Just recently, that has started to change. The outdoor recreational industry directly supports three times more jobs than the oil and gas sector. People who play in the American outdoors spend $646 billion a year, responsible for 6.1 million jobs.
Bruce Babbitt, one of the best Interior secretaries of the last 50 years, understood this historic shift but was able to convince his boss, Bill Clinton, of the power of the constituency only in the last years of his presidency.
Jewell is a mechanical engineer by education and certainly knows her way around a drilling rig after a stint with Mobil Oil. She also spent 19 years in the banking industry. But her life was never strictly defined by her day job.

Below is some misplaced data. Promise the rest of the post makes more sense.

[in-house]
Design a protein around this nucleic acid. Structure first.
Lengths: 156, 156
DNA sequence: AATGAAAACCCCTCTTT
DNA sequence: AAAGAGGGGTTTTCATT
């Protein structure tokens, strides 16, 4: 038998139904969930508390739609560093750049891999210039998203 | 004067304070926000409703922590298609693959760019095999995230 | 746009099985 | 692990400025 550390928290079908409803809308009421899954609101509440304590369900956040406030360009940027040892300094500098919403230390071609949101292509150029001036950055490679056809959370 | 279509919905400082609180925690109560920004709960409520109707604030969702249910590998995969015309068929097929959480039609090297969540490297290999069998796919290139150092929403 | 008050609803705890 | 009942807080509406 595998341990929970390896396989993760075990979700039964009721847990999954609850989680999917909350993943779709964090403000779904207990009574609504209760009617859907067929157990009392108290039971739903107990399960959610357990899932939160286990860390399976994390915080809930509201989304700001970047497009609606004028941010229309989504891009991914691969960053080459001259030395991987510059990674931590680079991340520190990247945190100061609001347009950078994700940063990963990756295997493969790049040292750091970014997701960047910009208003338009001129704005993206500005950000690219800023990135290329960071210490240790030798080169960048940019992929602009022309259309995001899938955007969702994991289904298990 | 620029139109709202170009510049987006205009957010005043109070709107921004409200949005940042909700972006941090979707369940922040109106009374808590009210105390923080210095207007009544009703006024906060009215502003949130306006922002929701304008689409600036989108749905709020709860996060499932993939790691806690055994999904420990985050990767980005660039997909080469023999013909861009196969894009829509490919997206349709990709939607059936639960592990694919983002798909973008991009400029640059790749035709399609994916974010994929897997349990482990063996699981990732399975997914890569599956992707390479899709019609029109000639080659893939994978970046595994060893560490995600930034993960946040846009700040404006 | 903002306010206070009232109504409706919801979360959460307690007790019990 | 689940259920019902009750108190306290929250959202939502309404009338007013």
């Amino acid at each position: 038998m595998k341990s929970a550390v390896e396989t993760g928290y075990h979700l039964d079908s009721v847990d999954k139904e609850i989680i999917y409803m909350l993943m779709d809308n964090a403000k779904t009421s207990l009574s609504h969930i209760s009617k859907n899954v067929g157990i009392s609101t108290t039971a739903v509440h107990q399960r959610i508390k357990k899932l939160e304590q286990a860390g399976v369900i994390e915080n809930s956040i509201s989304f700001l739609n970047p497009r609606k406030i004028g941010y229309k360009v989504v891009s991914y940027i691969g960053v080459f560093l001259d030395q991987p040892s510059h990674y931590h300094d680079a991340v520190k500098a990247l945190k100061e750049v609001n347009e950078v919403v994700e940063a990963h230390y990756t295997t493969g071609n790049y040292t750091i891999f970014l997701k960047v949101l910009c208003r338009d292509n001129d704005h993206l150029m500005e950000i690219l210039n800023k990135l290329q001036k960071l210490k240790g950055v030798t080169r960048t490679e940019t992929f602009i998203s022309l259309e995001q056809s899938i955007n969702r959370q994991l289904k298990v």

When her father, an anesthesiologist from England, moved to Seattle in the 1950s, he asked what people did with their spare time. Someone told him to join REI, which was founded in 1938 by two dozen or so mountain climbers looking for a way to buy an ice ax. Today, REI is still a cooperative — socialist alert! — honoring its Scandinavian-American roots, albeit a profitable one that returns nearly $100 million to members every year. They have 127 stores in 31 states.
Jewell can be an exuberant evangelist on the subject of trying to get kids from the inner cities into the mountains. There is a profound disconnect, she often says, between modern life and the natural world. And those city dwellers without money are the ones missing out most.
Sally Jewell would be the first woman chosen to join Obama’s second-term cabinet, which is dominated by white men. But she also represents a different kind of diversity inside the Beltway: someone who can tell you which way the wind is blowing without having to fake it.